Why is IED difficult?

Data centres and in particular the “hyperscale” data centres all have a large amount of standby capacity which is used infrequently. The low level of usage presents a number of challenges for operators that require IED permitting. To demonstrate all systems are working correctly the generating set are run regularly for testing and maintenance. This testing, which is often for relatively short periods (30 minutes), can often be undertaken with no or very low levels of load. This well-established practise has traditionally been done to keep fuel consumption and hence CO2 emissions to a minimum. (See WB white Paper on “wet stacking”) Running at low levels of load means that the SCR’s fitted to reduce NOx never reach their optimal operating temperature and hence do not function.

For many years government policy was to strive for ever (and still are) lower emissions of CO2 which takes you in the direction of higher efficiency / low fuel consumption engines. IED then poses a challenge for generator manufacturers and data centre operators because it represents, in part, a change in direction of government policy. For many years manufacturers have been focused on improving fuel efficiency to reduce carbon impacts associated with scope 1 emissions from plant. This new policy now requires manufacturers to supply generators on the basis of their air quality performance and the regulator is seeking to impose a 2g limit (see below) for NOx, a major pollutant. This is something of a “cake and eat it” moment where there needs to be a trade-off between fuel efficiency, and lower CO2 emissions and air quality, in this case NOx. Simplistically, you cannot have your cake and eat it. Generator manufacturers and data centre operators alike accept that the policy priorities have changed and need to change, which is to be compromised more CO2 through on load testing or less NOx.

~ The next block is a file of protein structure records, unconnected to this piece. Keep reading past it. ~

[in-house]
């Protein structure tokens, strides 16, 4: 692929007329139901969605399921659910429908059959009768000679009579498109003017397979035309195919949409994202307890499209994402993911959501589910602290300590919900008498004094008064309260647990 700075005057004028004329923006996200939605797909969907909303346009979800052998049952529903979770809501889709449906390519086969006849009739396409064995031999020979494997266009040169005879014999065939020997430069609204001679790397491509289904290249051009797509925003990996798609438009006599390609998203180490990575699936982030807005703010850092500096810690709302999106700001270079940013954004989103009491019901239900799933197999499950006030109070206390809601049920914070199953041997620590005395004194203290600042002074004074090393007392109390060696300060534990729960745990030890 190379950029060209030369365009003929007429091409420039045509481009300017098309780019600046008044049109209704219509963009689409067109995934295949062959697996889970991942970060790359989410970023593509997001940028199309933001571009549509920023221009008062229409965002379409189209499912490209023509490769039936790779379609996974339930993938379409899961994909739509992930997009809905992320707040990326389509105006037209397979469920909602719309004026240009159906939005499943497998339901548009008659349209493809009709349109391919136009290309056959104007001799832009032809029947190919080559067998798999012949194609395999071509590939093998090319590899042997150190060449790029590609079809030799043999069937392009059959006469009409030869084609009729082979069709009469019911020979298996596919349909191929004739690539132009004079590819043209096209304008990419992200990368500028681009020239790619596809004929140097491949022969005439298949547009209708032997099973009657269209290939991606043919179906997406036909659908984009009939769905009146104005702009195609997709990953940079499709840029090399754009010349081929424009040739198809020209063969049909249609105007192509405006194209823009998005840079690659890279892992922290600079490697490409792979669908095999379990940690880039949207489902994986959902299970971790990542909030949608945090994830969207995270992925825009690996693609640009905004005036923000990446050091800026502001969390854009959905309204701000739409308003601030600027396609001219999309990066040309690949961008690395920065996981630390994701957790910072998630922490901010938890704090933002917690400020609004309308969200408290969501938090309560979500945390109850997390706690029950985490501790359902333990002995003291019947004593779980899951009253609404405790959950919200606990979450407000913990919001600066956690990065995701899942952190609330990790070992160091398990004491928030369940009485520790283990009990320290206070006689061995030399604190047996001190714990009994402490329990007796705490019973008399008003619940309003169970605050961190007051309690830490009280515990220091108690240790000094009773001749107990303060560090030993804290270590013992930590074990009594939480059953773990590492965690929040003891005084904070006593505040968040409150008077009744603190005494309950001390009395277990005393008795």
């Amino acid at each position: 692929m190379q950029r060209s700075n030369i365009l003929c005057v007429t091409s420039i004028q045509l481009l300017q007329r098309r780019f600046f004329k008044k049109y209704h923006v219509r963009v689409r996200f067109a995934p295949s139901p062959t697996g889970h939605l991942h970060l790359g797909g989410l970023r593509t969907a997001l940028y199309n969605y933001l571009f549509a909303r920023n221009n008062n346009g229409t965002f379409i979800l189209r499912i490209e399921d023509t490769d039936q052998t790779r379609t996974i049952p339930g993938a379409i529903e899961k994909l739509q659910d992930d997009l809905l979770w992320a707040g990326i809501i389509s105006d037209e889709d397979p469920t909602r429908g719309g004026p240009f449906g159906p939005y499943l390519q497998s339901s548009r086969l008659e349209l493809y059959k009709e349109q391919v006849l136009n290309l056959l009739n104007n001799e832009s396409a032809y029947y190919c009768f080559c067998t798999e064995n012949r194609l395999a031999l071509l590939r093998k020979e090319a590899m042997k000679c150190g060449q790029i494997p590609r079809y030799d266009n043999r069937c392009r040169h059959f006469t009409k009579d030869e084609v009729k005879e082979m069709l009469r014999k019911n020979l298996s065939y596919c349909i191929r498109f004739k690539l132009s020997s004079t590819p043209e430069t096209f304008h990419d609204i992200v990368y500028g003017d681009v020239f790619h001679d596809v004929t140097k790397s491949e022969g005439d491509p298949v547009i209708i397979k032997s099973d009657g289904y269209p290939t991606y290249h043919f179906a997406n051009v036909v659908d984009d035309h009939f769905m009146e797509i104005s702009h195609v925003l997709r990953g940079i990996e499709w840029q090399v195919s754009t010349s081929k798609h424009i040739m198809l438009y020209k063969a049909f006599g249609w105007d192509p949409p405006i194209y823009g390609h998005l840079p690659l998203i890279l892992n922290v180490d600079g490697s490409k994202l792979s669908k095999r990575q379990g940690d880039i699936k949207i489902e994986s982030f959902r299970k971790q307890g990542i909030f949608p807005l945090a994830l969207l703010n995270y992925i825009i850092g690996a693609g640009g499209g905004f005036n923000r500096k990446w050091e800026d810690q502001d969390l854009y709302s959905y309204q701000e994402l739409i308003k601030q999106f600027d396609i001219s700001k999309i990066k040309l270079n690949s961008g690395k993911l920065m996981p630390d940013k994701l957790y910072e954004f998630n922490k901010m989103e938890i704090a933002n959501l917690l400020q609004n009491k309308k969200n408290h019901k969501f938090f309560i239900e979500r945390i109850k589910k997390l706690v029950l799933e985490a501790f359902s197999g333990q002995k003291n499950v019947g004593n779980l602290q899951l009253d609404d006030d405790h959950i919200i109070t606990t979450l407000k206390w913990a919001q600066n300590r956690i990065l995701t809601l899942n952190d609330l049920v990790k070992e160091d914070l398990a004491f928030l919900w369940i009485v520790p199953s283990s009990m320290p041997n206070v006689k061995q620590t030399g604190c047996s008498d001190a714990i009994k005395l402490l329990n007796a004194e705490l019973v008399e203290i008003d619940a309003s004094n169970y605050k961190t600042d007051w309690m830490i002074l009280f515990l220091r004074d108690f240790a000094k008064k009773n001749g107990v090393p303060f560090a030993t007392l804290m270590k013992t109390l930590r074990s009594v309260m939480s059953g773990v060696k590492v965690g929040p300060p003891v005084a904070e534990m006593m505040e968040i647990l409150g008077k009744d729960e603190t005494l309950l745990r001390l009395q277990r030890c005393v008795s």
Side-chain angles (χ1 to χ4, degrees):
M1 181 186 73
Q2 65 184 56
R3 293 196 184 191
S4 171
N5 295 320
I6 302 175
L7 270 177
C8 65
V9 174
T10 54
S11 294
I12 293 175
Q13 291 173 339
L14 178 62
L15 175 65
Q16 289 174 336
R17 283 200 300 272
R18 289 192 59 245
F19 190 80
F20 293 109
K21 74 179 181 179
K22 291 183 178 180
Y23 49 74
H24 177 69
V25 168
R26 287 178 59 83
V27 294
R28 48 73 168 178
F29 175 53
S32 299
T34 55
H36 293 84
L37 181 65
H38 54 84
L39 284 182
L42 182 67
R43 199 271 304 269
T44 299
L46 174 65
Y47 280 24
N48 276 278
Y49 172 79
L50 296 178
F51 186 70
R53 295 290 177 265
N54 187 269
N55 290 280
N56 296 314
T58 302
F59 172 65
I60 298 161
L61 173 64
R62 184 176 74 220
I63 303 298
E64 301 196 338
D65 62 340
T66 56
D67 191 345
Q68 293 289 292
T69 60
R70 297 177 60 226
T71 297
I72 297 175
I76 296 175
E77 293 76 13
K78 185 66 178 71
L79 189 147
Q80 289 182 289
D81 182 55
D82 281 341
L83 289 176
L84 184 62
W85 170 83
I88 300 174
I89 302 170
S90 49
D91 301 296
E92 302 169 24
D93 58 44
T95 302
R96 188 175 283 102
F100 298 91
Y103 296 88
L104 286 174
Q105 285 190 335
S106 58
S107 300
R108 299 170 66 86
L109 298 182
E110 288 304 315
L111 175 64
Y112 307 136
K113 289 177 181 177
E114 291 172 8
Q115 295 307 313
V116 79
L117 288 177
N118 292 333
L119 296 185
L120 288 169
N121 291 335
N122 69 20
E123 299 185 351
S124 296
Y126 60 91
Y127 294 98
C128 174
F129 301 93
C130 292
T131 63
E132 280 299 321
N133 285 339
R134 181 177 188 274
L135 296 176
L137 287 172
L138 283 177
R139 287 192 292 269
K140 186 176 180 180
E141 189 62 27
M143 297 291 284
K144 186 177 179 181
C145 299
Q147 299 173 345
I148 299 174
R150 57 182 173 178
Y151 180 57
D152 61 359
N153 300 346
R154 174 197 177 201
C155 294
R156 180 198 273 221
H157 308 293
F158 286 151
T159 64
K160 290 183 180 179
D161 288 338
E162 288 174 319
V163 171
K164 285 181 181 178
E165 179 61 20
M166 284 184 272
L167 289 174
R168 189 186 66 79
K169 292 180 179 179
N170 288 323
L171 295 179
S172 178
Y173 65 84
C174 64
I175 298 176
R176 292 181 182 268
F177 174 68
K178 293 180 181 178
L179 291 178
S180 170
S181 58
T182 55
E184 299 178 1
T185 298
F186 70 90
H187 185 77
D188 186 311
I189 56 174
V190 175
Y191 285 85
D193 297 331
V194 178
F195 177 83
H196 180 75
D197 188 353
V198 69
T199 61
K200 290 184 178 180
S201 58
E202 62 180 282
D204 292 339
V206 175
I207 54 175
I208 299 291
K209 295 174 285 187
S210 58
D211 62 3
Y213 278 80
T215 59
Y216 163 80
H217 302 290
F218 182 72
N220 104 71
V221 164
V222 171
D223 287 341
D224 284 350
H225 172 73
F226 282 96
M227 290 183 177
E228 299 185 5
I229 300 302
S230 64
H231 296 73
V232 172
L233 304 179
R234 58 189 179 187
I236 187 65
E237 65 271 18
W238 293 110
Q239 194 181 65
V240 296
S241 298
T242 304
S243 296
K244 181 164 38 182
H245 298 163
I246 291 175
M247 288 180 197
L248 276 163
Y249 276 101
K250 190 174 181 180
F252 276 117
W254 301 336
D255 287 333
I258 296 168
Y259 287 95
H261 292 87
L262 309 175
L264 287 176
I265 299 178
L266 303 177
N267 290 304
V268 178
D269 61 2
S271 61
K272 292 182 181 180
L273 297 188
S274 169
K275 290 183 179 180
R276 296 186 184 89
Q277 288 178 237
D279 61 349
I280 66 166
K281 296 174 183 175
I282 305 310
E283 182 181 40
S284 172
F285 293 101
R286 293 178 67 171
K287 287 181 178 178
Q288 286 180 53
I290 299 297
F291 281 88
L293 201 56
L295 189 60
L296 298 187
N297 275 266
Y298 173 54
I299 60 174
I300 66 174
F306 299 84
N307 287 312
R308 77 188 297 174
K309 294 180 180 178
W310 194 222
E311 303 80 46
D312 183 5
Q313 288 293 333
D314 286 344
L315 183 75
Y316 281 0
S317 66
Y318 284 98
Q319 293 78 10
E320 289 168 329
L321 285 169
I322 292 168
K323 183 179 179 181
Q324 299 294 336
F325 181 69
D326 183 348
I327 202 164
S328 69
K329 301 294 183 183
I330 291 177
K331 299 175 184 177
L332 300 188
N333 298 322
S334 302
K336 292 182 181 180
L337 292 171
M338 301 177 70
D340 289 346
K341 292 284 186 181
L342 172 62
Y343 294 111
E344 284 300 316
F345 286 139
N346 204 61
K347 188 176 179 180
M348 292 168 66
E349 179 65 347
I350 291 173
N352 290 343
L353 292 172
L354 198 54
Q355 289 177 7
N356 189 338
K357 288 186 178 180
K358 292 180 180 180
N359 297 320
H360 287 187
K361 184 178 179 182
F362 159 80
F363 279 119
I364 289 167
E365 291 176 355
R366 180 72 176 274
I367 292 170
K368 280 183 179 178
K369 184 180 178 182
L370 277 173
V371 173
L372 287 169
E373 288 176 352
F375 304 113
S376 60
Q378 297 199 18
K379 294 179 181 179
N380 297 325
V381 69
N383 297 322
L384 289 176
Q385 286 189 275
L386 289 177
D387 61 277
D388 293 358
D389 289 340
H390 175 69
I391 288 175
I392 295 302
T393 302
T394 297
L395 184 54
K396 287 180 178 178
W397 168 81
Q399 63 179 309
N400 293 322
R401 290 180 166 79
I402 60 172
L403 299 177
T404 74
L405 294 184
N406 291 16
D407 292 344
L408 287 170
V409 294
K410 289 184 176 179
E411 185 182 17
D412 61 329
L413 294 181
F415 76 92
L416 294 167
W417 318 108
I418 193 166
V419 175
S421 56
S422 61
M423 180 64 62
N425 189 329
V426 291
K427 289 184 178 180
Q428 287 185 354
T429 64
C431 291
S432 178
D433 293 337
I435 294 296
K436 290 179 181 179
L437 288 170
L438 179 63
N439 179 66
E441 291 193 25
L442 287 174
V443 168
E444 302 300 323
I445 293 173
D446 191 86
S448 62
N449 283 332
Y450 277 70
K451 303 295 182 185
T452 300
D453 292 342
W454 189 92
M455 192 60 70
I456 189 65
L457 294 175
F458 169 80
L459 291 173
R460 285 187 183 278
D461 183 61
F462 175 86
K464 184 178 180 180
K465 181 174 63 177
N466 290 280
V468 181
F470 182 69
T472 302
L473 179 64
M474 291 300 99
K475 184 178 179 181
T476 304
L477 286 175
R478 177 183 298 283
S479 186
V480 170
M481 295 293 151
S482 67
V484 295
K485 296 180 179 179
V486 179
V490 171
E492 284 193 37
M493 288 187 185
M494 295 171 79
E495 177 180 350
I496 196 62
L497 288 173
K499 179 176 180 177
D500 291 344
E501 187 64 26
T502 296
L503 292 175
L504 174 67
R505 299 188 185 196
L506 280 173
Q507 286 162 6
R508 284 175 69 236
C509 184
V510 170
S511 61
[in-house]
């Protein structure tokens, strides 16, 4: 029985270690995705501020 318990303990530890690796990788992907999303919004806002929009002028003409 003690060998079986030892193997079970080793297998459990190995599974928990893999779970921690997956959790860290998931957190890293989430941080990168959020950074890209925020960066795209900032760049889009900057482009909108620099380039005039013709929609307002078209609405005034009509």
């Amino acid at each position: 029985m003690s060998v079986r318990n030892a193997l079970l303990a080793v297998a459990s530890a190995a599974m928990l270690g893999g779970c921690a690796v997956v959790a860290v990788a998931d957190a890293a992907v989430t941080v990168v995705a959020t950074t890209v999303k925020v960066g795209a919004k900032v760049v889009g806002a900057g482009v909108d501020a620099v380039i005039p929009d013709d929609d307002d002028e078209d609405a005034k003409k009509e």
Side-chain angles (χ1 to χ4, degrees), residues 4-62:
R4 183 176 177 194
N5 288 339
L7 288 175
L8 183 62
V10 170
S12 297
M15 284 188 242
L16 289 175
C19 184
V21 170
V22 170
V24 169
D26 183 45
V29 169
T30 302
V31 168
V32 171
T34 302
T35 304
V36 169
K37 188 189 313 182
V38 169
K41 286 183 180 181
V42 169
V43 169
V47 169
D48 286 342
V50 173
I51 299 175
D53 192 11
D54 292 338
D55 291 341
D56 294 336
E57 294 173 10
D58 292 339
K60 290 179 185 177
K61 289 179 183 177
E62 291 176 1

It is important to note that the Environment Agency has taken something of a pragmatic approach when permitting older installation which are only part way through their life cycle with plant yet not requiring replacement.

What is the Medium Combustion Plant Directive?

From a regulator basis, a data centre operator can confront several different licencing, permitting and regulatory requirements, varying from legal jurisdiction, location to location within a given jurisdiction and size / rating of generator installation etc. Much is covered by the Medium Combustion Plant Directive (MCPD) but other requirements will be locally derived and often dependant on other factors. Due to the relative complexity and local variations available, this article does not seek to cover all aspects just to highlight some key considerations. Some of these are: